Written by Vedika Pathania, a second-year journalism student
Since the start of time, power rivalries and war have existed, and corrupt political leaders have come to authority multiple times.
You may have heard about dictators such as Genghis Khan and Adolf Hitler who committed horrific atrocities. While we hope that history does not repeat itself, we must remember our past – even the most heinous aspects.
Who is a dictator?
A dictator is a political leader who has complete power, and who no one dares to oppose. Usually, a dictator uses fear to get people to obey him (or her). A dictatorship thus is when a country is ruled by one dictator or by a small group of powerful people.
Is Russia’s President a dictator?
As the Ukrainian-Russian conflict continues and progresses with each passing day, you might have this question in your mind- Is Vladimir Putin, the Russian President, a dictator?
To answer this, let us first understand what dictators are, what makes dictatorship different from other forms of governance, and the other dictators that history has seen.
This article is the next segment in our new series which will help you understand geopolitical concepts and events in a short and simple way!
Nations all around the world have an authority that governs them. India for example is a democratic nation and England is a constitutional monarchy. In the same way, Saudi Arabia is an absolute monarchy.
In a democracy, people get to choose their representatives whereas in a monarchy, the head of state is the head of the nation’s royal family and a constitutional monarchy is a blend of both.
On the other hand, a dictatorship is a form of government where a very small group of people or a single person holds complete power and authority over a country. Dictators make choices that have far-reaching consequences for their country without consulting any other department of government. This is because the dictator has complete authority over every branch of government.
There is another similar concept called despotism. What differentiates despotism and dictatorship is that despotism is cruel and oppressive whereas dictatorship might or might not be.
Dictators of the Past
Perhaps the first name that comes to all of our minds is Adolf Hitler and he is rightfully the first name.
The infamous Adolf Hitler, manoeuvred his way to the top as Germany’s chancellor in 1933, and then as Führer a year later. After invading Poland in 1939, Hitler was primarily responsible for WWII and was the principal architect of the Holocaust. Within two years, Hitler’s Third Reich dictatorship had engulfed the majority of Europe. He then went on to command the deliberate execution of anybody who did not fit his image of an “ideal master race,” including Jews, Slavs, and anyone else he deemed socially undesirable.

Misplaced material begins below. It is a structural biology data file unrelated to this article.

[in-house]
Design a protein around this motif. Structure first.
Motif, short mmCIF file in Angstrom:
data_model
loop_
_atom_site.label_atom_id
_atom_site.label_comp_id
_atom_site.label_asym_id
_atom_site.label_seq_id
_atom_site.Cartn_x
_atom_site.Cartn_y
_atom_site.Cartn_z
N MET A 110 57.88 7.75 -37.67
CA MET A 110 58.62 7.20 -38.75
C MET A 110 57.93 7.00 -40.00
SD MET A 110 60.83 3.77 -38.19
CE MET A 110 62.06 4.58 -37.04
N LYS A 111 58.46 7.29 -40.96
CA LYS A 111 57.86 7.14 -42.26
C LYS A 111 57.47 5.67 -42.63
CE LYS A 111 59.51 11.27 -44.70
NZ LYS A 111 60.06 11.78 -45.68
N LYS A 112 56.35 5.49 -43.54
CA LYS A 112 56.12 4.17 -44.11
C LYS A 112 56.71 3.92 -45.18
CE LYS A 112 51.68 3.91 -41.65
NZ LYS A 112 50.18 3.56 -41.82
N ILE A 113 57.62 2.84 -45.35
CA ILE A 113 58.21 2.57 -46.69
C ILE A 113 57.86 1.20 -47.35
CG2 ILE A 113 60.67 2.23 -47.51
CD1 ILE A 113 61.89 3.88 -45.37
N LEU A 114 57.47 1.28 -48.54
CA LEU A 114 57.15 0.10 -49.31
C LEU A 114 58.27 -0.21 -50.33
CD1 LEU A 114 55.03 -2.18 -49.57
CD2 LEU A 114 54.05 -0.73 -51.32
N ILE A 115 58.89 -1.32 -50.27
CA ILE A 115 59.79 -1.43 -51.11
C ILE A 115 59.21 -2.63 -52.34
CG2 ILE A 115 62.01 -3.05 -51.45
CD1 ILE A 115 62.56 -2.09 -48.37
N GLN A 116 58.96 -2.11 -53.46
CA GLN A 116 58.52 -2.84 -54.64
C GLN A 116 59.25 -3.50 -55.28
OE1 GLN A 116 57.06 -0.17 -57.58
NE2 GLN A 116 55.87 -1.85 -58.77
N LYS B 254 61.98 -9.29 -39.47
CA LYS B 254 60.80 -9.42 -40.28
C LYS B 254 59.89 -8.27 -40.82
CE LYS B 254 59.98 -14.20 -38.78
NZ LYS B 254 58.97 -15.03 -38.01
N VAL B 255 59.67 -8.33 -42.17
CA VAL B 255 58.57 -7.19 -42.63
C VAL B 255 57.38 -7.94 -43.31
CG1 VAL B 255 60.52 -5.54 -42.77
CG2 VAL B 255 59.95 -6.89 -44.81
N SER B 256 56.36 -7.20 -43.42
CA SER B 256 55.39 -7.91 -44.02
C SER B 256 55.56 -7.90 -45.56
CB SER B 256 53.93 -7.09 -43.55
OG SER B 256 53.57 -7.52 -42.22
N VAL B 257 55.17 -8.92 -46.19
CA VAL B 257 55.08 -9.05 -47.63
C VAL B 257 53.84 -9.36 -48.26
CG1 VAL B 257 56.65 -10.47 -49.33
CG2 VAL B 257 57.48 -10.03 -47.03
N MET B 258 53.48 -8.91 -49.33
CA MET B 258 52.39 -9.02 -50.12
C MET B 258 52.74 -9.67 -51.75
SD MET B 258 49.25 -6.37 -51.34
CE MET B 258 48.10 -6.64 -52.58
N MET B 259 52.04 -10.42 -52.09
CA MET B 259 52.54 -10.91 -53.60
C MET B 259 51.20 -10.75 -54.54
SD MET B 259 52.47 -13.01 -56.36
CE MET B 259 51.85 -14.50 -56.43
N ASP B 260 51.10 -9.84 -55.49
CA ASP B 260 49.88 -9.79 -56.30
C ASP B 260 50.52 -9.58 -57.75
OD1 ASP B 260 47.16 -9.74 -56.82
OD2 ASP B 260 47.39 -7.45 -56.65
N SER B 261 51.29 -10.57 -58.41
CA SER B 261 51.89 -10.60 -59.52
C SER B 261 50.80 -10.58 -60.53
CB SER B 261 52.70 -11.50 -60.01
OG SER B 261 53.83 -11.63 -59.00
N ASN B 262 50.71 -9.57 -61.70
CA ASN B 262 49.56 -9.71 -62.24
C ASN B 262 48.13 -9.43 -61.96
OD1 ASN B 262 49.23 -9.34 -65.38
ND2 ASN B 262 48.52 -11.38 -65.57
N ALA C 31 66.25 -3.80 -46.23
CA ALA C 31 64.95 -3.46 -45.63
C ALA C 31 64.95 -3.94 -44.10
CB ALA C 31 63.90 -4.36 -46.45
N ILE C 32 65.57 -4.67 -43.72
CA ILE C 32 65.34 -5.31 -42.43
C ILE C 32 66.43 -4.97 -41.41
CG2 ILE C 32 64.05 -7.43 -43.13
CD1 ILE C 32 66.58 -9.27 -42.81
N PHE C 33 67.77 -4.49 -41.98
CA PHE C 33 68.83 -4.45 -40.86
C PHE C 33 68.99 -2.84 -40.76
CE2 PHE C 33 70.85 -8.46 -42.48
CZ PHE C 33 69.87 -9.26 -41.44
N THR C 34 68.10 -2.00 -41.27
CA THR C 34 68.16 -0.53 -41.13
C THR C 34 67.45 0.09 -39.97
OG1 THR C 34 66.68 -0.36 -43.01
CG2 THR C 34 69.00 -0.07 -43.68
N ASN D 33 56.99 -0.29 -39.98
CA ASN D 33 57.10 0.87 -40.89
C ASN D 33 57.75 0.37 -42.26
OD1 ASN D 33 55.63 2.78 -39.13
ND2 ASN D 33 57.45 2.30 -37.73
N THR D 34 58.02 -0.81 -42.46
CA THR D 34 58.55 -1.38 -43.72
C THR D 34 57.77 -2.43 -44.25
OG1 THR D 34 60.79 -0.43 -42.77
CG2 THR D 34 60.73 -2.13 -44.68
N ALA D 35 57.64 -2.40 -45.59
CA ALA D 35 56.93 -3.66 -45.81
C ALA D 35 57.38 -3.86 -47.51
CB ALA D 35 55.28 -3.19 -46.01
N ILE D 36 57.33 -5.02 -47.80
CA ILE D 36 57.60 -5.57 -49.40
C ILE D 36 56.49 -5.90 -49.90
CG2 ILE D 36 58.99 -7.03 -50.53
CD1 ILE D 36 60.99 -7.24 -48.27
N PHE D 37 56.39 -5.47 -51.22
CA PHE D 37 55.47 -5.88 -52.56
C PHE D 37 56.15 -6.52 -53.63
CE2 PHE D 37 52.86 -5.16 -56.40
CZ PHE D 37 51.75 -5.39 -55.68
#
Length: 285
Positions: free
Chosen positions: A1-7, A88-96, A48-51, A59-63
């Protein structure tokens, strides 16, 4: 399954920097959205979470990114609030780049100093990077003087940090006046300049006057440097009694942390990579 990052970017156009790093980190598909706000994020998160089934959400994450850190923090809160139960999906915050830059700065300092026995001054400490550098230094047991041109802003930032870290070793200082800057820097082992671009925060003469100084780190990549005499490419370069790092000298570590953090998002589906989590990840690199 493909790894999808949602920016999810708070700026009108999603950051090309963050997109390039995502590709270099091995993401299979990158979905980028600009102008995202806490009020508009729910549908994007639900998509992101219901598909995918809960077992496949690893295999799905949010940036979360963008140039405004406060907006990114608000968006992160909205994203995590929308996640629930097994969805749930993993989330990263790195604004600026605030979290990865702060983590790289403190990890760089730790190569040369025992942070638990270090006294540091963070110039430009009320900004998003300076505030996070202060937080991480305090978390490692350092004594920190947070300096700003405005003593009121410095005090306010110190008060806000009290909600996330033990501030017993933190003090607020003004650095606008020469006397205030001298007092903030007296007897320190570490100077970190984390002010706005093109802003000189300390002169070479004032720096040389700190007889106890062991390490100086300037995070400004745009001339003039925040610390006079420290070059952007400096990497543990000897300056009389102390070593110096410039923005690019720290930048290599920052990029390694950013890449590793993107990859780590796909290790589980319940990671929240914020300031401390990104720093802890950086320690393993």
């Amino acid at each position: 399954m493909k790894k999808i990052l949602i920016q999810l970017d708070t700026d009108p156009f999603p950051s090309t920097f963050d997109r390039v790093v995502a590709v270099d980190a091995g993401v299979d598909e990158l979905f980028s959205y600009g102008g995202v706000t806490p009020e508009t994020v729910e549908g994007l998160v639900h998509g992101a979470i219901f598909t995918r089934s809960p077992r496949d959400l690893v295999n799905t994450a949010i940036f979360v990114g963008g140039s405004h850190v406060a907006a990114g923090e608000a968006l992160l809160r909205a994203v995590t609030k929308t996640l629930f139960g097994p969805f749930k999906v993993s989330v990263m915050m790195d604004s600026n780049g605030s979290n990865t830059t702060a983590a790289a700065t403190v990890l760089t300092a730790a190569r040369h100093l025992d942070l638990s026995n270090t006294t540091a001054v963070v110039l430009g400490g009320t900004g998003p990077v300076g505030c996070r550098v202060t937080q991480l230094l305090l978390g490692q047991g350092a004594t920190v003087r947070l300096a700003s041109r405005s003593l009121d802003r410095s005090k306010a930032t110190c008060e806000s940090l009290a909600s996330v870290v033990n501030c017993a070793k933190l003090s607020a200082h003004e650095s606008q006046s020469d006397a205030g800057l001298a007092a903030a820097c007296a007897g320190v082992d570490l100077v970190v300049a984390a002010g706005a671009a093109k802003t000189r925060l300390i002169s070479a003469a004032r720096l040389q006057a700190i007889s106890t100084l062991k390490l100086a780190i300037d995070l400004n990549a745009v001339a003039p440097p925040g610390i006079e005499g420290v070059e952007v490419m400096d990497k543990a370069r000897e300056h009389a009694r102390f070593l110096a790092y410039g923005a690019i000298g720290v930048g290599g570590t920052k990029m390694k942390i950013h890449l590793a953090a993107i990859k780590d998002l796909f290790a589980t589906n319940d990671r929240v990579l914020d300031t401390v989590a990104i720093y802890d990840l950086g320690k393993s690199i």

On his command, his followers carried out widespread genocide, murdering almost 19 million people. This does not take into account the millions of troops and civilians that died during WWII. He is most likely to blame for the largest number of human death and damage ever perpetrated by a single person in history.
From 1979 until 2003, Saddam Hussein Abd al-Majid al-Tikriti was the president of Iraq, and he was recognised for his authoritarianism, control, and dominance. He plotted and carried out a genocide against the rebels who opposed his government. Kurds, Shabaks, Madeans, Assyrians, and other ethnic groups were included. It is believed that over 2 million people were killed under his reign. During the genocide, his forces used mustard gas and nerve gas, as well as toxic chemical weapons, killing up to 100,000 people.
Benito Mussolini, the ruler of Italy from 1925 to 1945, created the Fascist Party in 1919. It was anti-discrimination on the basis of race and was pro-nationalist. Mussolini, on the other hand, destroyed competing political parties, trade unions, the free press, and free expression when he was in power. In July 1943, he was deposed by his old allies in the Fascist administration, and in April 1945, he was shot dead.
Joseph Stalin, the Russian dictator, governed the Soviet Union for about 25 years, from 1929 to 1953, and is credited with turning it into a major economic and military force. During World War II, his forces also beat the Nazis. His rule, however, was one of fear and violence, and many Soviet people died as a result.
Mao Zedong, the cruelest dictator in history, is regarded to be the founding father of the People’s Republic of China. His actions and control resulted in the deaths of 49 million people, placing him at the top of the list of cruelty and brutality. He began policies like the Cultural Revolution and the Great Leap Forward, which resulted in the starvation of around 20 million people. His dictatorship exterminated between 2 and 3 million people in a systematic way.